For startups, exposure to a new, larger customer base can ramp up adoption, increase customer feedback opportunities, and shift go-to-market strategies. Referencing a startup in their current cohort, Carie shared that: “It’s completely changed his approach to how he’s actually going to go to market. He’s going to start approaching enterprise clients as opposed to smaller businesses.”
For corporations, a startup’s product that is already production ready allows them to offer more value to their customers without the time and cost of starting from scratch. Armed with insights from the corporation’s objectives and needs, Carie’s team recruits around 200 applicants. The team then interviews 40 of the applicants to award the coveted 10–12 slots in the 7 month cohort. The filtering and curation process allows corporations to consider multiple products in the context of their specific business problems, connect the right people to explore potential pilots, and get the pilot across the finish line.
The portfolio approach
Carie points out that existing approaches like mergers and acquisitions are still used to solve innovation challenges. But she believes that corporations who take a “portfolio approach” by collaborating with startups have an advantage in maintaining awareness of advances in their field without the budgetary and cultural impacts of incorporating a new company into the fold.
Corporations who take a “portfolio approach” by collaborating with startups have an advantage in maintaining awareness of advances in their field without the budgetary and cultural impacts of incorporating a new company into the fold.
While there are many ways partnerships make sense, Carie acknowledges that partnership is not the answer for every scenario. Corporations seeking to move into a completely new space where they don’t have an existing customer base will miss out on a key value proposition of partnership — rapidly piloting a product and getting customer feedback.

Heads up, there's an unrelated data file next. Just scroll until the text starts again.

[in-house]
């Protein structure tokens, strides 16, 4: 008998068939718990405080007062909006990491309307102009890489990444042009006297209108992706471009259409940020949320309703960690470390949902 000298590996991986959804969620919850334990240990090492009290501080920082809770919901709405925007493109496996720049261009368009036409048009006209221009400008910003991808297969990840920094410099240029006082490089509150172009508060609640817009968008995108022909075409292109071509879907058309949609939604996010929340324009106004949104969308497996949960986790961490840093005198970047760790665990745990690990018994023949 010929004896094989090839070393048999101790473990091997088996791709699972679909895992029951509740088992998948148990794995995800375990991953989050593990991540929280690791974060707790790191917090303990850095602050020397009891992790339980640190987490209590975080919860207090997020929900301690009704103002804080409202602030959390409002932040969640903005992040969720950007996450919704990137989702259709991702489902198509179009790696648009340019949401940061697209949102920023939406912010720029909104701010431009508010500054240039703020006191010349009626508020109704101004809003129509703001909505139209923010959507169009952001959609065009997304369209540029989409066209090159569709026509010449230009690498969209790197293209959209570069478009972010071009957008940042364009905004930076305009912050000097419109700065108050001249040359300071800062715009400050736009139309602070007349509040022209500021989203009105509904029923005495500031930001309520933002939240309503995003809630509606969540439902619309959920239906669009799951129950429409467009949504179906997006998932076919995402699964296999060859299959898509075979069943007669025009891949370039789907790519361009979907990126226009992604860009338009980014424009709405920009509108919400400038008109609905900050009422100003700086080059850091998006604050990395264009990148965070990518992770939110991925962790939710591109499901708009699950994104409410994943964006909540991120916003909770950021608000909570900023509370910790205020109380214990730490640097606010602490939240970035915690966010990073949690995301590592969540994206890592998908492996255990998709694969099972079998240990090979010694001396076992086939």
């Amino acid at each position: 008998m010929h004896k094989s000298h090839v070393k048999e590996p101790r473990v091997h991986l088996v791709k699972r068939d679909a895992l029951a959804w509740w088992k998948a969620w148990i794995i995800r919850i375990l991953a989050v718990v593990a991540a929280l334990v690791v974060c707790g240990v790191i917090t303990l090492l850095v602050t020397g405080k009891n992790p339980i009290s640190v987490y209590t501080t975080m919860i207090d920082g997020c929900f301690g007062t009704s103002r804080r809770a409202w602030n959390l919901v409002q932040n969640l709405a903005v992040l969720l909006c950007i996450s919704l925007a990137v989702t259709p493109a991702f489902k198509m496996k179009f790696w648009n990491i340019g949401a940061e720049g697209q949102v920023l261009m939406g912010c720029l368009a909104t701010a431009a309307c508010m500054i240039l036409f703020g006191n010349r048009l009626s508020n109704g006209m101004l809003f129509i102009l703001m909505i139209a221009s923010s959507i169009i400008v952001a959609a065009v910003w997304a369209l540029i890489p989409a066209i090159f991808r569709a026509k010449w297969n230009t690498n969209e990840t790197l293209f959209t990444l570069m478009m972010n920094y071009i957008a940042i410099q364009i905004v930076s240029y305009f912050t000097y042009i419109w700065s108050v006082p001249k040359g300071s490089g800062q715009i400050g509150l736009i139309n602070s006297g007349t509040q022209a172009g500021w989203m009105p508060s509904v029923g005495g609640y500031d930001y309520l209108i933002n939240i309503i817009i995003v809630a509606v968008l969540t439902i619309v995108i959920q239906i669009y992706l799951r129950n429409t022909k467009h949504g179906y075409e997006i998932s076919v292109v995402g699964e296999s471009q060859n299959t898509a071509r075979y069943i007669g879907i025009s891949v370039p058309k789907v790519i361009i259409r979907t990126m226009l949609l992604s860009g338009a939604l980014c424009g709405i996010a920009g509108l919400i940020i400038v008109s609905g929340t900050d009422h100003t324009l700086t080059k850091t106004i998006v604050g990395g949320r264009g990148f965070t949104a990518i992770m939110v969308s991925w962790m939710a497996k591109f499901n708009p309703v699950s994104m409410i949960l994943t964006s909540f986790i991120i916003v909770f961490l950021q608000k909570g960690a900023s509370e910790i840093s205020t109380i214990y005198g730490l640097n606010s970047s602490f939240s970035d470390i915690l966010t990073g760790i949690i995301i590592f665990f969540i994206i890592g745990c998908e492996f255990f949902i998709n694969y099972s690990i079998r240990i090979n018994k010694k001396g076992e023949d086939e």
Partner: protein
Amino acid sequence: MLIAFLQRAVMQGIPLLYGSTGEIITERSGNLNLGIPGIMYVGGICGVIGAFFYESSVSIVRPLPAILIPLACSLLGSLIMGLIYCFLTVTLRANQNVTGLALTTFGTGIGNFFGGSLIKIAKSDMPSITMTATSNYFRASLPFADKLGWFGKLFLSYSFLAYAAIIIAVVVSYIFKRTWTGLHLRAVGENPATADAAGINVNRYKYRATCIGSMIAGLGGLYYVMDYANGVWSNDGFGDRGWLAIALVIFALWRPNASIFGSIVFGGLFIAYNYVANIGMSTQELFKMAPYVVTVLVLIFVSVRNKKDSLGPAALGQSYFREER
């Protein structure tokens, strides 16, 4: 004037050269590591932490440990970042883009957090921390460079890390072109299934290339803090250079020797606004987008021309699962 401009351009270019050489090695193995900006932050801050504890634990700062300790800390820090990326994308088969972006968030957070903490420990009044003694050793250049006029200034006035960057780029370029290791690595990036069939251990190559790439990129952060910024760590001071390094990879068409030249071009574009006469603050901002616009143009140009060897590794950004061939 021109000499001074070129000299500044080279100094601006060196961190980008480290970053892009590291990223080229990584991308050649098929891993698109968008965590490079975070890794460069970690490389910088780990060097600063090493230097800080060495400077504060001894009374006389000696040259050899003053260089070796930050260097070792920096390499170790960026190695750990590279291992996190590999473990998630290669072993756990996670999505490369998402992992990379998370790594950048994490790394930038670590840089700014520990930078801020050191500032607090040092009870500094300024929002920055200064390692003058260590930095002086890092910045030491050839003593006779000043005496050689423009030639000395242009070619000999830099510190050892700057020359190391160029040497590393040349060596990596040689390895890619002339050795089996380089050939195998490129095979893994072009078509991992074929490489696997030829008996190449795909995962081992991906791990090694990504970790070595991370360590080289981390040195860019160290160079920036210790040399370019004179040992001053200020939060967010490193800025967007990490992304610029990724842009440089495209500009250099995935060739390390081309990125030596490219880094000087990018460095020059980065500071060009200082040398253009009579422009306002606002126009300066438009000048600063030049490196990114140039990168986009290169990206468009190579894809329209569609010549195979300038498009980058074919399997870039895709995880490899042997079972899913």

Carie suggests companies consider a varied approach. That can mean investing in research and development, acquiring companies, partnering with adjacent companies, changing internal processes, as well as collaborating with startups or empowering them to solve problems on their own. With a portfolio approach corporations can evaluate many ideas and shoot them down faster. Carie offered that “a leading indicator of whether you’re getting better at innovating is how quickly you’re evaluating ideas — the number of ideas you kill perhaps.”
Whether partnering with startups or innovating internally, Carie asserts that measurement should focus on the basic goals of any product: customer satisfaction and engagement. “You’re launching a new product — are people buying it? You can put a bunch of marketing behind a new product launch provided that, once you pull that back, people are still interested in your product.”
The real challenge, as Carie points out, is measuring something without bias. While she believes product engagement and adoption offer a good starting place, a more powerful measurement is reflected in cultural improvement and evolution within the company. Are teams excited about their work, trying new approaches, and working with people across the business that they don’t know?
Get close to the customer
Carie applauds organizations who implement the principles of Agile in ways that give teams the latitude to determine what they should be working on informed by a closer proximity to the customer. In her observation, individuals on agile teams with this approach “are most excited about their job because they are solving problems right then and there.”
This preference toward action is evident in her response to my question on how she defines innovation. “When I’m asked to define innovation, I feel like a business textbook. It doesn’t feel very useful. I think when you are being innovative you know it. You’re creating things that are useful for customers. That, for me, is the core of innovation. I feel like a lot of time is wasted on defining innovation and people should just get out, start talking to customers, and find new ways to solve their problems.”
“I think when you are being innovative you know it. You’re creating things that are useful for customers.”
If you want to read my other articles about innovation experts and practitioners, please check them all out here.